Robert M. Hutchinson Memorial Fund


Robert M. Hutchinson Memorial Fund

The Robert M. Hutchinson Memorial Fund was established by family, friends and colleagues to honor the life and achievements of Robert M. Hutchinson ("Hutch"). Hutch served Colorado School of Mines as a member of the geology department faculty from 1956 to 1998. The Hutchinson Fund helps to carry on his legacy by providing for an annual Brunton Compass award, given at commencement to the most outstanding geological mapping student in that year's Field Geology course. The fund also provides undergraduate geology students with scholarship awards.

About Hutch

  • Born December 24th, 1918
  • Graduated from Princeton University in 1941 with a BS in Geology
  • Graduated from the University of Michigan in 1948 with a MS in Geology
  • Graduated from the University of Texas in 1956 with a PhD in Geloogy
  • Served in the Army Corps of Engineers in WWII
  • Taught at the Colorado School of Mines from 1956 to 1998
  • Passed away January 13, 1999
  • Survived by his wife, eight children, and six grand children
Bob "Hutch" Hutchinson was born in 1918 in Princeton, New Jersey. Hutch prepared at Mercer Junior College and the Hun School. At Princeton he was on the baseball team and joined Dial Lodge. He earned his BS in geology and remained an avid Princetonian all his life. During WWII, he served with the Army Corps of Engineers in Trinidad and explored for critical metals with the U.S. Geological Survey.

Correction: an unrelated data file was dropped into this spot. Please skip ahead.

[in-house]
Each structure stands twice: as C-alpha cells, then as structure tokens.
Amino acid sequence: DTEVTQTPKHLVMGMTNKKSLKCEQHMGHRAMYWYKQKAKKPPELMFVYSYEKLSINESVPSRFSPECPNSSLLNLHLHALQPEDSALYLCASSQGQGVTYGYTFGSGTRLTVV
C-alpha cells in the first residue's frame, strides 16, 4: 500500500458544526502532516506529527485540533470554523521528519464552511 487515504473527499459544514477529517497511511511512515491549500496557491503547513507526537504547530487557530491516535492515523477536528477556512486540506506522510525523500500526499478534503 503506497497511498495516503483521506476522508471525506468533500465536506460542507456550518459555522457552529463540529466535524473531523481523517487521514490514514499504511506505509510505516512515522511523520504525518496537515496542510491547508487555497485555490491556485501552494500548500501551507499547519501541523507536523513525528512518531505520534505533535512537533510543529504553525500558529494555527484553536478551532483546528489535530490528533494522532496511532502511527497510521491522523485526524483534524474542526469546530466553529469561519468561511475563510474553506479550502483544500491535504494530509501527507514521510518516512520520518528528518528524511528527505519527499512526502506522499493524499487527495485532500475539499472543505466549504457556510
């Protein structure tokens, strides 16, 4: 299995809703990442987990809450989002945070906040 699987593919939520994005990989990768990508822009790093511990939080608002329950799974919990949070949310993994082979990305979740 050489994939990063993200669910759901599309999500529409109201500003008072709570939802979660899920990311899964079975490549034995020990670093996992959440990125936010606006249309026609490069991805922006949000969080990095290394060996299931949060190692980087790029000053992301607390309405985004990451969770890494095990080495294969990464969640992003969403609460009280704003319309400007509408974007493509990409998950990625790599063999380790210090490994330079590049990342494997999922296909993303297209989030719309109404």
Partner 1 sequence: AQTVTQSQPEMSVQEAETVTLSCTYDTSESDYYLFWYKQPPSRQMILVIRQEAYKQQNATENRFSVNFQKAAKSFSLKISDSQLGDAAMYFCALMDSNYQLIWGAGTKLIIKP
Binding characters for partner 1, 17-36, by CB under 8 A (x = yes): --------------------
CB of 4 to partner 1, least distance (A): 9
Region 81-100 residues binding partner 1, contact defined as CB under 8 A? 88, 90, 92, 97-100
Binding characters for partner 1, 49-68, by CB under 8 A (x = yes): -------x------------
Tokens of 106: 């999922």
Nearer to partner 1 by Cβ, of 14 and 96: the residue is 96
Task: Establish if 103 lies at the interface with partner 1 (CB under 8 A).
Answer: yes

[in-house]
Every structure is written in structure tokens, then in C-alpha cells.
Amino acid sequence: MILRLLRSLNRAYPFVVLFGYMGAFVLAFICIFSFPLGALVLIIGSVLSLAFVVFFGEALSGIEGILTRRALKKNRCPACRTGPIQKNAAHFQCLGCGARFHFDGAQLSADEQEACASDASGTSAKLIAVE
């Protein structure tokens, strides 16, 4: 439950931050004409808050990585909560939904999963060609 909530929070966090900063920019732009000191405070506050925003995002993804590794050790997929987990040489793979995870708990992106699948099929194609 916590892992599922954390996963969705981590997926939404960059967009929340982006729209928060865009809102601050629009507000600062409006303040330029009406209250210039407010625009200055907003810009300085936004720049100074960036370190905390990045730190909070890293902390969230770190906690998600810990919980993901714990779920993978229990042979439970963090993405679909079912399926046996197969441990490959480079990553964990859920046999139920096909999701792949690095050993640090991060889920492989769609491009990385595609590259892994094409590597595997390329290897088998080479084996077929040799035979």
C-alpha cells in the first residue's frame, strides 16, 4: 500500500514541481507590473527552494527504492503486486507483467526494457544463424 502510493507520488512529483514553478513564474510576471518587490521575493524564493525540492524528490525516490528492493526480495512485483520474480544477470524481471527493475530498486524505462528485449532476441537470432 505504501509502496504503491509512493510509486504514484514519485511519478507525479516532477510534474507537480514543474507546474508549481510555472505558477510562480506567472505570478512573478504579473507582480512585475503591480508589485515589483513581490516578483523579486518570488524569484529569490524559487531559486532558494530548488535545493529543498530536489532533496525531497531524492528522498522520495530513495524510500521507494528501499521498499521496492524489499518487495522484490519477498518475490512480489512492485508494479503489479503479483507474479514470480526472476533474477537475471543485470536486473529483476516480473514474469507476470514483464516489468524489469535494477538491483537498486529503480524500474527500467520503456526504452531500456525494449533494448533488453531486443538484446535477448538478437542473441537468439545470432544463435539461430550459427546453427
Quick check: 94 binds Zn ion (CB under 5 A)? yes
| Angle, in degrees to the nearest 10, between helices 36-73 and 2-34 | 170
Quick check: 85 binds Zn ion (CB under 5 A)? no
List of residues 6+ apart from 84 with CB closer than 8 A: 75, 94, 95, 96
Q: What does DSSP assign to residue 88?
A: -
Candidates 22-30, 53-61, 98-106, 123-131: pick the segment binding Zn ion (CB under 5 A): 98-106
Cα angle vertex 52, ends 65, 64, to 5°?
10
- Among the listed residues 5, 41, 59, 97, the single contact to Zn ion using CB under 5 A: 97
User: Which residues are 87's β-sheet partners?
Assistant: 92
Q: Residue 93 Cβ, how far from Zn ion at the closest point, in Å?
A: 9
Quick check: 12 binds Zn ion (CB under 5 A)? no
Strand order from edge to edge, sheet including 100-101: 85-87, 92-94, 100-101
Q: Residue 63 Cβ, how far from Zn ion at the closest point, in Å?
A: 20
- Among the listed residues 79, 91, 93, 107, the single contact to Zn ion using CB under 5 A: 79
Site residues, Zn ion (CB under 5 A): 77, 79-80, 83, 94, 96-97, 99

He earned an MA from the U. of Michigan in 1948, and was an instructor at the U. of Texas from 1948-53 while pursuing a PhD there. Hutch taught at Kansas State U. from 1953-56, then came to the Colorado School of Mines. He received several research grants from the Natl. Science Foundation to support a career-long study of the Pikes Peak Batholith, becoming a leading expert in its structure and petrology.

He became respected for the quality, detail, and beauty of the maps, surface and underground, which he produced. Hutch retired in 1989 but continued to teach optical mineralogy and underground mine mapping until his death.He earned his bachelor’s degree in geology from Princeton University in 1941.

He served the U.S. Army Corps of Engineers in Trinidad and also the U.S. Geological Survey, returning to school after World War II and earning his master’s degree from the University of Michigan in 1948.

He taught at the University of Kansas from 1953 until he joined the School of Mines in 1956. Hutchinson earned several National Science Foundation grants to study the structure and petrology of the Pikes Peak Batholith, becoming an expert in its morphology. He also worked as a consultant. He retired in 1989, continuing to teach optical mineralogy until his death.
 
Chris Oglesby Says:

"Hutch" loved geology, loved teaching geology, and loved his students. He would go out of his way to help students who asked, and when they finally "got it," he was more excited than they were. During field checks at summer camp, you'd hear a "gronk, gronk" and it would be Hutch doing his dinosaur impression. After all, we were in the Cretaceous! Hutch was the best! Chris Oglesby (Colorado School of Mines ’80 ’88)

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